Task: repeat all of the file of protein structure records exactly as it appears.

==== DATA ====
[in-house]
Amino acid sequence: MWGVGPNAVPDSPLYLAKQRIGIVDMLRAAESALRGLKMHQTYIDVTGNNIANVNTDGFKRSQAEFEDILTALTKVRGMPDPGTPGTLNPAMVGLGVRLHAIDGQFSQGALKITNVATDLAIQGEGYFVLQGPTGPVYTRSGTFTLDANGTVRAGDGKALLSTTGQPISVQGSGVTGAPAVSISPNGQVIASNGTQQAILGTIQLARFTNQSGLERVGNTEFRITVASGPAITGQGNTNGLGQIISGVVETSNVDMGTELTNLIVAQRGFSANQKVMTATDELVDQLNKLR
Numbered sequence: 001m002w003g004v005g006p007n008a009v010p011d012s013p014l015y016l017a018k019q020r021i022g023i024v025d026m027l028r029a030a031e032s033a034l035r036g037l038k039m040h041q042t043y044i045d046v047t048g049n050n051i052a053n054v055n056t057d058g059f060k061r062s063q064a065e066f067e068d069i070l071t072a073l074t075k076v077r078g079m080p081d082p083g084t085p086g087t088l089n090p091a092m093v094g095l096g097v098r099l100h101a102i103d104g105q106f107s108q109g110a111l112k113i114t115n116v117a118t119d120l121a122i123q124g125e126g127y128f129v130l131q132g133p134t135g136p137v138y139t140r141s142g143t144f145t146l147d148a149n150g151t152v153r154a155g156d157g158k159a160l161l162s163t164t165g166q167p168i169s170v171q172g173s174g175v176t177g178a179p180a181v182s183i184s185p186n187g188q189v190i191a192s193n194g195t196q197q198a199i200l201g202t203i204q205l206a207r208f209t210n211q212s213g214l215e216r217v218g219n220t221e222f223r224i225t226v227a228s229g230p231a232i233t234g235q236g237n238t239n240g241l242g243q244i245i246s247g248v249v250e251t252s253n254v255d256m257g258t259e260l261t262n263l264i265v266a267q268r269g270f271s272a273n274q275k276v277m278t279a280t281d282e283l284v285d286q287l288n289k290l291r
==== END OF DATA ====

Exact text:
[in-house]
Amino acid sequence: MWGVGPNAVPDSPLYLAKQRIGIVDMLRAAESALRGLKMHQTYIDVTGNNIANVNTDGFKRSQAEFEDILTALTKVRGMPDPGTPGTLNPAMVGLGVRLHAIDGQFSQGALKITNVATDLAIQGEGYFVLQGPTGPVYTRSGTFTLDANGTVRAGDGKALLSTTGQPISVQGSGVTGAPAVSISPNGQVIASNGTQQAILGTIQLARFTNQSGLERVGNTEFRITVASGPAITGQGNTNGLGQIISGVVETSNVDMGTELTNLIVAQRGFSANQKVMTATDELVDQLNKLR
Numbered sequence: 001m002w003g004v005g006p007n008a009v010p011d012s013p014l015y016l017a018k019q020r021i022g023i024v025d026m027l028r029a030a031e032s033a034l035r036g037l038k039m040h041q042t043y044i045d046v047t048g049n050n051i052a053n054v055n056t057d058g059f060k061r062s063q064a065e066f067e068d069i070l071t072a073l074t075k076v077r078g079m080p081d082p083g084t085p086g087t088l089n090p091a092m093v094g095l096g097v098r099l100h101a102i103d104g105q106f107s108q109g110a111l112k113i114t115n116v117a118t119d120l121a122i123q124g125e126g127y128f129v130l131q132g133p134t135g136p137v138y139t140r141s142g143t144f145t146l147d148a149n150g151t152v153r154a155g156d157g158k159a160l161l162s163t164t165g166q167p168i169s170v171q172g173s174g175v176t177g178a179p180a181v182s183i184s185p186n187g188q189v190i191a192s193n194g195t196q197q198a199i200l201g202t203i204q205l206a207r208f209t210n211q212s213g214l215e216r217v218g219n220t221e222f223r224i225t226v227a228s229g230p231a232i233t234g235q236g237n238t239n240g241l242g243q244i245i246s247g248v249v250e251t252s253n254v255d256m257g258t259e260l261t262n263l264i265v266a267q268r269g270f271s272a273n274q275k276v277m278t279a280t281d282e283l284v285d286q287l288n289k290l291r